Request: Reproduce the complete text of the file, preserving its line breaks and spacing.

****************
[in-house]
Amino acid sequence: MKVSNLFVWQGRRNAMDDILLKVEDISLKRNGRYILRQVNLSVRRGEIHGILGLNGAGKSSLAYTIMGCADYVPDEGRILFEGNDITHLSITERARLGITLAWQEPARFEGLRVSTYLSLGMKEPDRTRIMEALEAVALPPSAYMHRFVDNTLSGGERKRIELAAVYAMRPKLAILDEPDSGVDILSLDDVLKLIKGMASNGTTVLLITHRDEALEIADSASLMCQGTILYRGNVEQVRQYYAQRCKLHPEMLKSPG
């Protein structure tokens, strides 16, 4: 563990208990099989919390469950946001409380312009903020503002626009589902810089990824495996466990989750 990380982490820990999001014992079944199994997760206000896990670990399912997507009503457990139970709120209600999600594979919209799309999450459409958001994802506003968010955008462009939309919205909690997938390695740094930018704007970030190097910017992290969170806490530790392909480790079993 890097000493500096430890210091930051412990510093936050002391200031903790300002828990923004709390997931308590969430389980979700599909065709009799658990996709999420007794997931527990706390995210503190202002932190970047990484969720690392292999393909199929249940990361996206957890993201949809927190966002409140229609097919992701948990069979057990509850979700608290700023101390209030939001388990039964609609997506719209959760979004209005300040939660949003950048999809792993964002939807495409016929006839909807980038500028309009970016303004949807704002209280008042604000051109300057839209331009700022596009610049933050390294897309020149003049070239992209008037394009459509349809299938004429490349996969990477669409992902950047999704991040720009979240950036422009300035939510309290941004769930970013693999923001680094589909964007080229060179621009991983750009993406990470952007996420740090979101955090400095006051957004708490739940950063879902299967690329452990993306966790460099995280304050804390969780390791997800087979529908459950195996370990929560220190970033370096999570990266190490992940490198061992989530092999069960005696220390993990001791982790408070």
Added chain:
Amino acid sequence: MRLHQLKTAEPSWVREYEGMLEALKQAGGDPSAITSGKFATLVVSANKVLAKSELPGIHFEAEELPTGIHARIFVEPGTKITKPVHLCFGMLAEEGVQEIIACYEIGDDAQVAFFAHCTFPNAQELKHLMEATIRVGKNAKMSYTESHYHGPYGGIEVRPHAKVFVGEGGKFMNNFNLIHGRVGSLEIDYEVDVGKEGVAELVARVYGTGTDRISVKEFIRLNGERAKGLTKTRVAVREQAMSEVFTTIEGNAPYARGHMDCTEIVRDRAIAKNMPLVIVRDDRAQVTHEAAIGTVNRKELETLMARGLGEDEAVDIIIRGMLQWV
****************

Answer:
[in-house]
Amino acid sequence: MKVSNLFVWQGRRNAMDDILLKVEDISLKRNGRYILRQVNLSVRRGEIHGILGLNGAGKSSLAYTIMGCADYVPDEGRILFEGNDITHLSITERARLGITLAWQEPARFEGLRVSTYLSLGMKEPDRTRIMEALEAVALPPSAYMHRFVDNTLSGGERKRIELAAVYAMRPKLAILDEPDSGVDILSLDDVLKLIKGMASNGTTVLLITHRDEALEIADSASLMCQGTILYRGNVEQVRQYYAQRCKLHPEMLKSPG
């Protein structure tokens, strides 16, 4: 563990208990099989919390469950946001409380312009903020503002626009589902810089990824495996466990989750 990380982490820990999001014992079944199994997760206000896990670990399912997507009503457990139970709120209600999600594979919209799309999450459409958001994802506003968010955008462009939309919205909690997938390695740094930018704007970030190097910017992290969170806490530790392909480790079993 890097000493500096430890210091930051412990510093936050002391200031903790300002828990923004709390997931308590969430389980979700599909065709009799658990996709999420007794997931527990706390995210503190202002932190970047990484969720690392292999393909199929249940990361996206957890993201949809927190966002409140229609097919992701948990069979057990509850979700608290700023101390209030939001388990039964609609997506719209959760979004209005300040939660949003950048999809792993964002939807495409016929006839909807980038500028309009970016303004949807704002209280008042604000051109300057839209331009700022596009610049933050390294897309020149003049070239992209008037394009459509349809299938004429490349996969990477669409992902950047999704991040720009979240950036422009300035939510309290941004769930970013693999923001680094589909964007080229060179621009991983750009993406990470952007996420740090979101955090400095006051957004708490739940950063879902299967690329452990993306966790460099995280304050804390969780390791997800087979529908459950195996370990929560220190970033370096999570990266190490992940490198061992989530092999069960005696220390993990001791982790408070």
Added chain:
Amino acid sequence: MRLHQLKTAEPSWVREYEGMLEALKQAGGDPSAITSGKFATLVVSANKVLAKSELPGIHFEAEELPTGIHARIFVEPGTKITKPVHLCFGMLAEEGVQEIIACYEIGDDAQVAFFAHCTFPNAQELKHLMEATIRVGKNAKMSYTESHYHGPYGGIEVRPHAKVFVGEGGKFMNNFNLIHGRVGSLEIDYEVDVGKEGVAELVARVYGTGTDRISVKEFIRLNGERAKGLTKTRVAVREQAMSEVFTTIEGNAPYARGHMDCTEIVRDRAIAKNMPLVIVRDDRAQVTHEAAIGTVNRKELETLMARGLGEDEAVDIIIRGMLQWV